The ‘reenvisioned’ Alice Tully Hall at Lincoln Center opens Sunday.  I hope they haven’t moved the chairs closer together.  It was the only concert hall in New York where you could walk across a row without stepping on a fellow patron’s feet.



2 thoughts on “Who the Hell Was Alice Tully?”
  1. The quick obit:

    Alice Tully, a philanthropist and patron of the arts and an important figure in the cultural life of New York City for nearly five decades, died there on December 10, 1993. She was ninety-one years old.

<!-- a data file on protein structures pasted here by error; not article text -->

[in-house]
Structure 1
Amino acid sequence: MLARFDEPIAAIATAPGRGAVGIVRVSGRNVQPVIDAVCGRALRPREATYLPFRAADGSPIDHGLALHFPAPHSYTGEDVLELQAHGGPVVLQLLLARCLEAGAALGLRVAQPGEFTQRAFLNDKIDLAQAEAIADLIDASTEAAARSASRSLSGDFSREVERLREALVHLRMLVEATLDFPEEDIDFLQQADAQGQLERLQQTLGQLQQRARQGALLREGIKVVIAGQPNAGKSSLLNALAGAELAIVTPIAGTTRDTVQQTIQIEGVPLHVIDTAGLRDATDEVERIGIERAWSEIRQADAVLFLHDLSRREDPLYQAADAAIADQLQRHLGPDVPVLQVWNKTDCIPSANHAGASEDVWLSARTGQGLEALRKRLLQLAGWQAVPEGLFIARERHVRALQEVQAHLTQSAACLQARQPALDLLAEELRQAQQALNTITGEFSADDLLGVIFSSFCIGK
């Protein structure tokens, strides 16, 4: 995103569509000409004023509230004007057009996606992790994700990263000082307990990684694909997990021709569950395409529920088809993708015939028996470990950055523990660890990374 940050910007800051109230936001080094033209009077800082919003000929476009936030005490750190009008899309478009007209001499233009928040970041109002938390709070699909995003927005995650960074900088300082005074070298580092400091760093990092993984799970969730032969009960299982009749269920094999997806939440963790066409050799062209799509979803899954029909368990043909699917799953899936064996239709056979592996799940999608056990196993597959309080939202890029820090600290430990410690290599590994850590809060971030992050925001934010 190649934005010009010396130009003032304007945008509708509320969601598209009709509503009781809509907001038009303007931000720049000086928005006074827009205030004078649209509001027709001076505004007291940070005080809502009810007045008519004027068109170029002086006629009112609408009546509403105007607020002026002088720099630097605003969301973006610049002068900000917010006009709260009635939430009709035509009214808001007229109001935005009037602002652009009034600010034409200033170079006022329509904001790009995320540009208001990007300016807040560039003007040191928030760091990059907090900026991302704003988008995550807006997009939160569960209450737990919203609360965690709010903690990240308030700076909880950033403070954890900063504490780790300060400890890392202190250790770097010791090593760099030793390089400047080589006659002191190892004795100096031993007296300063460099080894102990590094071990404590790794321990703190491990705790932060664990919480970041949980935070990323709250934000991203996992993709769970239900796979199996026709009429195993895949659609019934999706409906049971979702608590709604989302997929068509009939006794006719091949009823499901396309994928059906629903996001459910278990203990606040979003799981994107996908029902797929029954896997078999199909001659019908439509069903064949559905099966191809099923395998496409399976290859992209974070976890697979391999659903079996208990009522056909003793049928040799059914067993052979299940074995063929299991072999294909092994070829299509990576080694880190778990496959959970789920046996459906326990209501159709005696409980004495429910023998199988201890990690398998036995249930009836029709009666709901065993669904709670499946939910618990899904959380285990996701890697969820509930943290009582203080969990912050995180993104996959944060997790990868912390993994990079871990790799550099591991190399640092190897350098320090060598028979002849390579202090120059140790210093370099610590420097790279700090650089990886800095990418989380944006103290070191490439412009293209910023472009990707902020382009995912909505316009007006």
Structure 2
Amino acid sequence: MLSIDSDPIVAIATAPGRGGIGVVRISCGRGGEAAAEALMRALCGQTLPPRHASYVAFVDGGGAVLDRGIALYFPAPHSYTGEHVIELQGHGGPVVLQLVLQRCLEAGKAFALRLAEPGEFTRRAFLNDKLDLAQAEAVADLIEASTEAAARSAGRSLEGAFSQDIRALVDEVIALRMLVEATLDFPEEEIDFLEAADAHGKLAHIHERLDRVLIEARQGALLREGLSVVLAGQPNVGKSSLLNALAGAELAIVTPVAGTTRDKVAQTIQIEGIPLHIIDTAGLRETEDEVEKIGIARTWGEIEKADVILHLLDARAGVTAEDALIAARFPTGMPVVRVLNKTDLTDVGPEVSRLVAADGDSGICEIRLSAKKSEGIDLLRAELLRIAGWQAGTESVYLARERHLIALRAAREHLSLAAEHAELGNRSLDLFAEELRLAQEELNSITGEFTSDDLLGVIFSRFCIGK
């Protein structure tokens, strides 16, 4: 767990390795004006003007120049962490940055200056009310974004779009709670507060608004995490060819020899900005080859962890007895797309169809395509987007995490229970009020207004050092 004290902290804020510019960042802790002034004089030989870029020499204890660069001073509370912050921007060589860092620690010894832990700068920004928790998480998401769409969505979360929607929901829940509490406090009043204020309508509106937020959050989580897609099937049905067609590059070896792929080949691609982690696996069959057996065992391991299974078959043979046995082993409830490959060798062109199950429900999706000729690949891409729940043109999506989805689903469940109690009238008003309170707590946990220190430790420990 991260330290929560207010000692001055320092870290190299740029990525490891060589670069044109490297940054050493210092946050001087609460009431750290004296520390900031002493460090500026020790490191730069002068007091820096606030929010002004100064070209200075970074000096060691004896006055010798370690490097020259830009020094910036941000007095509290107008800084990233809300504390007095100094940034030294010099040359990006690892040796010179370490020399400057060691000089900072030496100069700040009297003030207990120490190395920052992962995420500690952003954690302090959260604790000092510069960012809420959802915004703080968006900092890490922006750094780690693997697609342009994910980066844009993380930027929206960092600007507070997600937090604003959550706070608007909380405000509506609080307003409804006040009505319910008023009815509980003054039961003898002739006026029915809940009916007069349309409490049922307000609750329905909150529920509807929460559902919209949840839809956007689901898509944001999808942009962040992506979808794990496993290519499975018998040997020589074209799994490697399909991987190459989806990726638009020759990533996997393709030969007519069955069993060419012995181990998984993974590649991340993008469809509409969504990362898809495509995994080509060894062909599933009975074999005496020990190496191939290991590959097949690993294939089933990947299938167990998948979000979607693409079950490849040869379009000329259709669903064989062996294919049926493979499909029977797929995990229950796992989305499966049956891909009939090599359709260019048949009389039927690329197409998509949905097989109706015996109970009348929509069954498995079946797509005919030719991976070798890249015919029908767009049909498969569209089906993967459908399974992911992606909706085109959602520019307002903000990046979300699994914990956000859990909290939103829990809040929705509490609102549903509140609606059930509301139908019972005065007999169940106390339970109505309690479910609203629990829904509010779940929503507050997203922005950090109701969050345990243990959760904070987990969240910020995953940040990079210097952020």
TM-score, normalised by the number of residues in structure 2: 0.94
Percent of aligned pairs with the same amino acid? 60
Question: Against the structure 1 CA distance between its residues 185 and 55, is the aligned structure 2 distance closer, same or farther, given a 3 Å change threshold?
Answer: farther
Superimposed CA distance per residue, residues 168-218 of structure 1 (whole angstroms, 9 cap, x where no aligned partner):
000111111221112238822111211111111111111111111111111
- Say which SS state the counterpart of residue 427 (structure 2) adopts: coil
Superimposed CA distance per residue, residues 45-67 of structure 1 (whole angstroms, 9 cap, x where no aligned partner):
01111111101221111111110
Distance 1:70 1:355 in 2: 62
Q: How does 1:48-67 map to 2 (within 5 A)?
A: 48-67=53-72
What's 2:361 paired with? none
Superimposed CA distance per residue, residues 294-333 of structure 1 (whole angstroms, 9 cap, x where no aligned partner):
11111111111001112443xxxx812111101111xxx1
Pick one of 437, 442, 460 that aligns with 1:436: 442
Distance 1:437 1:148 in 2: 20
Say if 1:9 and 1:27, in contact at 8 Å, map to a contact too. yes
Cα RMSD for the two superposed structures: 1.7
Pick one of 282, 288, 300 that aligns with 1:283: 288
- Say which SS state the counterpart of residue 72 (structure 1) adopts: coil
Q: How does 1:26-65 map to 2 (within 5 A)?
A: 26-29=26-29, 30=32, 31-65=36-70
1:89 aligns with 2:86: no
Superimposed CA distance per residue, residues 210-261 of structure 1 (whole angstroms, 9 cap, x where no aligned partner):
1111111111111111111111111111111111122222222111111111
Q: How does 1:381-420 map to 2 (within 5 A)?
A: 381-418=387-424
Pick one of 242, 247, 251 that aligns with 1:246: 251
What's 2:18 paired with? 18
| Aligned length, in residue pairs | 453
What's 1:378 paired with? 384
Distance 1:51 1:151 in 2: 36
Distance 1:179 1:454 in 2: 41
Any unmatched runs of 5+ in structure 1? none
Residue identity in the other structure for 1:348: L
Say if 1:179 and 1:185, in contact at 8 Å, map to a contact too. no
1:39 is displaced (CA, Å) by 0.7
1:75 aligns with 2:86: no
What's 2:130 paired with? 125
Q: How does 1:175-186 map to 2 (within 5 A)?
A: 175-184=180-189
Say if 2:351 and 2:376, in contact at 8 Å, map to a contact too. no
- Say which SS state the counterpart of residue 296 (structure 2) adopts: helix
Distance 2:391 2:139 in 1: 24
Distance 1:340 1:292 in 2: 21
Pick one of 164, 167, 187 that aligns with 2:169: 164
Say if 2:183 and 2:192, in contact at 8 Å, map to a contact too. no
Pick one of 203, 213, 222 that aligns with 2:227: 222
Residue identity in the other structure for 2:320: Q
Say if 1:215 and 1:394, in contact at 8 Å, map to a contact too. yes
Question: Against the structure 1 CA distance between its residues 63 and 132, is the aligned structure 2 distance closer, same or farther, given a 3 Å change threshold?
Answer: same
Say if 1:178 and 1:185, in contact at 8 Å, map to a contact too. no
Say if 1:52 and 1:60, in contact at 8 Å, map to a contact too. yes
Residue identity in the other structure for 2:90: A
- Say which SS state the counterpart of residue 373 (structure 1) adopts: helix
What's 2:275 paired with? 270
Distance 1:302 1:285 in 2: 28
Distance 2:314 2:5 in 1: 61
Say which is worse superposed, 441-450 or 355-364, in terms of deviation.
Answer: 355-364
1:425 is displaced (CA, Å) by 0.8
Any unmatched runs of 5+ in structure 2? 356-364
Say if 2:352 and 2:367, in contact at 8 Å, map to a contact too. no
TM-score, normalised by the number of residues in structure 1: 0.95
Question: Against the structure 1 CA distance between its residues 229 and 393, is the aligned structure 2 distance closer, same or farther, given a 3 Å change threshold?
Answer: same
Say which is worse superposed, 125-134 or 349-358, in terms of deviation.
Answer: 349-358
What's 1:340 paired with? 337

Although best known for her patronage of musical organizations and especially singers, Miss Tully was also a prominent supporter of dance, living generously to the Martha Graham Dance Company and to Feld Ballets/NY. She was a board member of many museums and arts and educational institutions, including the Metropolitan Opera and the Juilliard School.

    Born in Corning, New York, Miss Tully was heiress to the Corning Glass Works fortune. She had a moderately successful career as a concert and opera singer in the 1920s and 1930s: after coming into her inheritance in 1958, she devoted herself to arts patronage and philanthropy. She paid most of the $4.5 million cost of Alice Tully Hall, one of the component theaters of Lincoln Center for the Performing Arts.

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